I recently installed WordPress on this server for a new blog. I've been using homebrew software for years, but I want to see whether I like WordPress enough to switch this blog and others to the platform. I need all of my sites to be usable on mobile devices, a goal that is a long way from being true today. The new blog is far better out of the box on mobile than anything I've created on my own.
In the two weeks I've been running WordPress 4.4.2, I encountered several problems where it could not connect to resources on other Internet sites. I could not install themes or plugins in the web interface because of this error message:
There are no HTTP transports available which can complete the requested request.
I also could not use the Customize page or make the WP to Twitter plugin send messages to Twitter. I could avoid the problem with themes and plugins by installing them on my own, but the Twitter problem had no workaround.
I have PHP configured with Curl, so I didn't expect a problem making HTTP requests to other sites. But WordPress now requires SSL support in Curl. My version of the software lacked SSL. I compile my web server software from source on Linux instead of relying on package managers, so I needed to recompile Curl with SSL support. I thought that would be easy.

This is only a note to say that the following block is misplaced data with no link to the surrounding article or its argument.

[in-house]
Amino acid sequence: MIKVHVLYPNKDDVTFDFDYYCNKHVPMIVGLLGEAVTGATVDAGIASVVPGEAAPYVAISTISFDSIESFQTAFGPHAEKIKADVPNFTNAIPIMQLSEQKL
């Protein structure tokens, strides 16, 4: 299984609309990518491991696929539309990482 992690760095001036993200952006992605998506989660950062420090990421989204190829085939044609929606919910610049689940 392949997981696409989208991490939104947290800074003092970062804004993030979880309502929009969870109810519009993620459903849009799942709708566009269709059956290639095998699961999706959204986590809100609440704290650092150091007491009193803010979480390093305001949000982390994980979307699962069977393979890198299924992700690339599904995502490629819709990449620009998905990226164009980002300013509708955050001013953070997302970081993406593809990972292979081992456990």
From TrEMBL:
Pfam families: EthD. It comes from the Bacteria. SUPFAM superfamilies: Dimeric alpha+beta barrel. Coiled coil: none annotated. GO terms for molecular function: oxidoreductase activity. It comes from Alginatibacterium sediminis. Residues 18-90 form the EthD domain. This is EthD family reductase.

After much weeping and gnashing of teeth, here's what I had to do:
make uninstallin each one to remove it from the server.
--with-ssl, which found OpenSSL.
--with-curl, which found the new SSL-enabled Curl.
The last thing I figured out was Step 2. Before that, when I compiled PHP it found a version of Curl on my server that did not support SSL and used it by mistake. This made WordPress angry.
WordPress is now mostly happy and can post to Twitter successfully. Customize works, as do themes and plugin downloads.
There are easier solutions if you use a package manager and the right versions of these programs are available. But I've been compiling source code by necessity across my LAMP stack for years. There were features I needed that weren't offered in packages.
I anticipate more posts like this one as I kick the tires on WordPress.